Of epic proportions

VISUAL SPECTACLE: 'Krishna'. Photo: R. Shivaji Rao  

Dancer Shobana’s latest production, ‘Krishna: The Musical’, which premiered on Janmashtami day, had all the ingredients needed for a sensual spectacle. Graceful choreography, aesthetic costume, superb lighting and brilliant co-ordination among the 50 dancers made for a visual delight. Most important, the show brought into focus life’s highest philosophical values – love, faith, devotion and enlightenment – with power and poise. Peace was the leitmotif here, and aptly so.

The dialogue drama married dance, music and the spoken word in a seamless manner to retell the life of one of the most loved Indian icons. It was a kaleidoscope of colour, with Kalarpana’s promising dancers pirouetting, swaying and leaping along with Shobana who, in the title role, lent a contemporary edge to the traditional tale with her novel choreography. Inspiration for this ballet came from various corners, including some of Osho’s works. Amalgamating dance styles --- Bharatanatyam, Kathak, Odissi, and cinematic – Shobana wove the story in six segments, to highlight one aspect of Krishna’s personality -- --- the philosopher, the lover, the negotiator and so on.

The ballet began with His birth at a Mathura prison. Childhood in Gokul, boyhood in Vrindavan spent with cows, gopis and Radha, and the Dwarka sojourn, diplomatic missions to Hastinapur… each segment was a study of Krishna, the human avatar. “He came to earth to be among us. He played pranks, he loved and he master-minded strategies. He believes in living life like all humans, but like a lotus, he is unattached and untouched. He is the Yuga Purusha,” explains Shobana.

‘Krishna’ was also an opportunity for the young performers of Kalarpana to take the stage and let their artistic energy flow. And the 50 dancers acquitted themselves in a splendid manner. They were a picture of confidence, and their team spirit and poised dancing proved winners. The execution of the sequences, the entrances and exits… a lot of thought had gone into every aspect.

Bringing on the title and credits just after Krishna’s birth is announced was dramatic, as it was intended to be. The early sequences where Krishna spends happy days at Gokul stealing butter and tormenting mother Yasoda, grazing cows or courting Radha, were a showcase of spontaneous energy, something that was a constant in this show. Special mention has to be made about the ‘Lagaan’ number ‘Radha kaise na jhale,’ for which Prabhu Deva has lent his classy choreography.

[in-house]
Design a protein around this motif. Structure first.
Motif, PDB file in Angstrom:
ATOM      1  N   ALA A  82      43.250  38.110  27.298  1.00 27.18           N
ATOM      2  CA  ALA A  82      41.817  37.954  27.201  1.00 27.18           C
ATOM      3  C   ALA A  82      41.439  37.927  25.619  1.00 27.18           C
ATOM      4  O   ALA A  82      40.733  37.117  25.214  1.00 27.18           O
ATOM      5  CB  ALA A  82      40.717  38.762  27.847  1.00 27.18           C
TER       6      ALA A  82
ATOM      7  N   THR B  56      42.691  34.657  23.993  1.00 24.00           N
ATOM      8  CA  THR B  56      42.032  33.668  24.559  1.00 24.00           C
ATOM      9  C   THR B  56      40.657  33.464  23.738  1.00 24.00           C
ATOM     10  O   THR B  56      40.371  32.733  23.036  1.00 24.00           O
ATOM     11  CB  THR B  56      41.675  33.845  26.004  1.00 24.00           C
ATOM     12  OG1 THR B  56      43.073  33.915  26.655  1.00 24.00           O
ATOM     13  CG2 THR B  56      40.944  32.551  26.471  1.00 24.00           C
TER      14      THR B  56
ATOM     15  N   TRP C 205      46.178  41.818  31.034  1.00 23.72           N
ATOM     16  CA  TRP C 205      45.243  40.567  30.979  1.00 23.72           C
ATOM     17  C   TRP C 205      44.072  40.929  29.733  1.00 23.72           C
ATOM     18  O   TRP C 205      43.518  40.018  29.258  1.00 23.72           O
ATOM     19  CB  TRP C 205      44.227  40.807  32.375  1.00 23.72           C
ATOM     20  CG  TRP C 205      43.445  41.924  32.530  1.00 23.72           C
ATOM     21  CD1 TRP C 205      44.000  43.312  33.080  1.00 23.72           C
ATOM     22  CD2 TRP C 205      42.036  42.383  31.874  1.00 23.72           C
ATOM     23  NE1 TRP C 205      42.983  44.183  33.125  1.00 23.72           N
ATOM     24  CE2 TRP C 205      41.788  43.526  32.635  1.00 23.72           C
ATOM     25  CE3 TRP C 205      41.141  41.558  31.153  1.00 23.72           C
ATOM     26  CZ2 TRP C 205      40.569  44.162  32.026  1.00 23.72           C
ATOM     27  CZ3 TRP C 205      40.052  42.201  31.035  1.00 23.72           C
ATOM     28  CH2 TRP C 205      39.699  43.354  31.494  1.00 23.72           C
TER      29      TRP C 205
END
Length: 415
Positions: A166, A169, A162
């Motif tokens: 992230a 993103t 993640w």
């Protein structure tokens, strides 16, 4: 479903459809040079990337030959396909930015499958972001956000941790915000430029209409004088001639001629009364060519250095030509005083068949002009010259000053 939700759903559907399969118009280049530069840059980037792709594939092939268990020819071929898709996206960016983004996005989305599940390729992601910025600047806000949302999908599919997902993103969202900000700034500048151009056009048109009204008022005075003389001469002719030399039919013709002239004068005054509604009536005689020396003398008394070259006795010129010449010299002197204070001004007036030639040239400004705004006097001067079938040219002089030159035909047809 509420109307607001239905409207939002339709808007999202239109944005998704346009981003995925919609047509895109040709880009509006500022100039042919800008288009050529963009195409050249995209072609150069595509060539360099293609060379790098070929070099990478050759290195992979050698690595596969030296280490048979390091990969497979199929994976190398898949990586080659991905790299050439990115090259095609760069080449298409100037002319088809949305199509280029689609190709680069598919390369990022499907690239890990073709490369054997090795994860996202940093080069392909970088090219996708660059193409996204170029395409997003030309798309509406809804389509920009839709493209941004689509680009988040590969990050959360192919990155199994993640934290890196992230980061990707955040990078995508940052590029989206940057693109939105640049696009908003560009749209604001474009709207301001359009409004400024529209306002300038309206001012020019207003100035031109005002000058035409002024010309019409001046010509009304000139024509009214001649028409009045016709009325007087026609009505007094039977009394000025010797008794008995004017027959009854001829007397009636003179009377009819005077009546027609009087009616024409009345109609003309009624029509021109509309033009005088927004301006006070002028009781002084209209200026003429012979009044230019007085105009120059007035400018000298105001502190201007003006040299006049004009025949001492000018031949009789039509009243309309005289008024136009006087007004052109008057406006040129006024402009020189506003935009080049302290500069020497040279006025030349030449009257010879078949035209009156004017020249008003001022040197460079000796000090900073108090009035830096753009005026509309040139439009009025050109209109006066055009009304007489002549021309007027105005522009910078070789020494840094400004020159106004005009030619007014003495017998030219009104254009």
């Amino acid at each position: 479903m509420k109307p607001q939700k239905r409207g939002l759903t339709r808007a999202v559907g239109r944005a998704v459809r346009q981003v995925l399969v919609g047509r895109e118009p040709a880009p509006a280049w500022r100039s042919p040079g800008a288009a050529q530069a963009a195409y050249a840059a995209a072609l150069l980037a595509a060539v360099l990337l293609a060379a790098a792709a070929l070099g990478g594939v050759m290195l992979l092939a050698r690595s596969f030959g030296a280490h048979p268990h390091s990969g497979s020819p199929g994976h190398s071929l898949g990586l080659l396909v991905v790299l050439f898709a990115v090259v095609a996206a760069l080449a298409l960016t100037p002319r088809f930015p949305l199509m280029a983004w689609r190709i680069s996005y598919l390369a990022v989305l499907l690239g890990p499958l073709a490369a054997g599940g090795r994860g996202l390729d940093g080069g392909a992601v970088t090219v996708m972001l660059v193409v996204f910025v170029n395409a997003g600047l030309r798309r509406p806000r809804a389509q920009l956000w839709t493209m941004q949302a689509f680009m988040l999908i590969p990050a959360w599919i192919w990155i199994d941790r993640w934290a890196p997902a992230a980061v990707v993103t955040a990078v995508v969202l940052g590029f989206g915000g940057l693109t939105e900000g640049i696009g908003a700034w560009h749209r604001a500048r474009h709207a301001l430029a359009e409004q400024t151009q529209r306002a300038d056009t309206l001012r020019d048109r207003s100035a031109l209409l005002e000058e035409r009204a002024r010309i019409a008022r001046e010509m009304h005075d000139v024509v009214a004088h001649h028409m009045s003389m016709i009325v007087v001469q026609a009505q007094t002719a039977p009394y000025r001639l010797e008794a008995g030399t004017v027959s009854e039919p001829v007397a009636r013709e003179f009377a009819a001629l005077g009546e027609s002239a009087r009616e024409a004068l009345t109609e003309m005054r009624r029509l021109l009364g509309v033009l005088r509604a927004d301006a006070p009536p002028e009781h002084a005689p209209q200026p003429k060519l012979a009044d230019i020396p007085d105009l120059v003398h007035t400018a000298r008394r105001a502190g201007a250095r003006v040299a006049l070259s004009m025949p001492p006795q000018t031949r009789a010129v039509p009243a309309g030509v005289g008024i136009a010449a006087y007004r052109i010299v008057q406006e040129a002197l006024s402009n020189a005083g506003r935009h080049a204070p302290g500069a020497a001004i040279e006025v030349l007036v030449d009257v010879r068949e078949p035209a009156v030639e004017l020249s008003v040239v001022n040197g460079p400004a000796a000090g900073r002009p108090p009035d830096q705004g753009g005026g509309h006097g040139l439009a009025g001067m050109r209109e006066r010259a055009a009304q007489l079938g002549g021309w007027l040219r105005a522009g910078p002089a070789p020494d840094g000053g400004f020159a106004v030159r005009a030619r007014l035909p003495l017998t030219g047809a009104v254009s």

Subtle touches highlighted the theme of peace beautifully. Like there a scene where Krishna asks ‘all those who want peace to follow Him.’ And sadly, there’s no one.

Before every segment, there was an introductions in English and Tamil, a tad too long at times, but appropriate. Using the voices of well-known actors to portray key characters worked well, especially those of Prabhu (Nandan and Bhima), Shabana Azmi (Gandhari) and Konkana Sen (Radha). Vivek, the voice of Krishna, was a pleasant surprise.

The costume was definitely a high point. Bright colours for the gopis, white for the Pandavas, black for Duryodhana and Shakuni, yellow for Karna and of course, shades of blue and pink for Krishna… Shobana got it right once again.

As for music, Carnatic and Hindustani ragas dominated. But there were snatches of Lou Bega’s ‘Mambo,’ the track of ‘Dhoom’ and ‘Dabangg’ and the classic ‘Piya tosa naina’, to represent Bollywood influence. Did it gel with the theme and the soulful classical strains? Not really, especially the title track of ‘Dabangg.’

The Gitopadesam segment too did not have the required impact. Perhaps, if there was a voice over for Shobana when she preached to Arjuna, it might have worked better. For, the Gita is the most powerful philosophy, and Shobana’s mime, though appropriate, did not really touch the audience.

Having said that, ‘Krishna’ was still a fascinating experience. And what made this production different was the approach to Krishna, the God.

Related Topics
This article is closed for comments.
Please Email the Editor

Printable version | May 5, 2021 9:56:40 PM |

Next Story